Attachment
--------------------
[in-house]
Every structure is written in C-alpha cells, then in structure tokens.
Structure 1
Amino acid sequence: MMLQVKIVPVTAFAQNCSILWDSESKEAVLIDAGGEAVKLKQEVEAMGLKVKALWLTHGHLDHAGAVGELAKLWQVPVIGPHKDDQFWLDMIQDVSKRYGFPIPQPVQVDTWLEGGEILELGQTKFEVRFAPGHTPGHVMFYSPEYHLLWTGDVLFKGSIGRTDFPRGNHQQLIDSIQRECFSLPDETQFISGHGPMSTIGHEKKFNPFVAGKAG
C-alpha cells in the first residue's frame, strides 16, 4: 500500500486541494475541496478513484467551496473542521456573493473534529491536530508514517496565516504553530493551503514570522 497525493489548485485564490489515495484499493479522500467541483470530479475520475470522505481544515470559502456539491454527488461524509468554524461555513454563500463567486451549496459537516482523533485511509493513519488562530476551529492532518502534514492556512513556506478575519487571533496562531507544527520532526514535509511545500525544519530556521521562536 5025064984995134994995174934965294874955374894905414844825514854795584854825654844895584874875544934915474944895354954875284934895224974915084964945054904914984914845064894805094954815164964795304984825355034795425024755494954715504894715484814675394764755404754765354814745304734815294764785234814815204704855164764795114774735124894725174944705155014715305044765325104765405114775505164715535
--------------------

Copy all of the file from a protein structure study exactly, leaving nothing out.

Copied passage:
[in-house]
Every structure is written in C-alpha cells, then in structure tokens.
Structure 1
Amino acid sequence: MMLQVKIVPVTAFAQNCSILWDSESKEAVLIDAGGEAVKLKQEVEAMGLKVKALWLTHGHLDHAGAVGELAKLWQVPVIGPHKDDQFWLDMIQDVSKRYGFPIPQPVQVDTWLEGGEILELGQTKFEVRFAPGHTPGHVMFYSPEYHLLWTGDVLFKGSIGRTDFPRGNHQQLIDSIQRECFSLPDETQFISGHGPMSTIGHEKKFNPFVAGKAG
C-alpha cells in the first residue's frame, strides 16, 4: 500500500486541494475541496478513484467551496473542521456573493473534529491536530508514517496565516504553530493551503514570522 497525493489548485485564490489515495484499493479522500467541483470530479475520475470522505481544515470559502456539491454527488461524509468554524461555513454563500463567486451549496459537516482523533485511509493513519488562530476551529492532518502534514492556512513556506478575519487571533496562531507544527520532526514535509511545500525544519530556521521562536 5025064984995134994995174934965294874955374894905414844825514854795584854825654844895584874875544934915474944895354954875284934895224974915084964945054904914984914845064894805094954815164964795304984825355034795425024755494954715504894715484814675394764755404754765354814745304734815294764785234814815204704855164764795114774735124894725174944705155014715305044765325104765405114775505164715535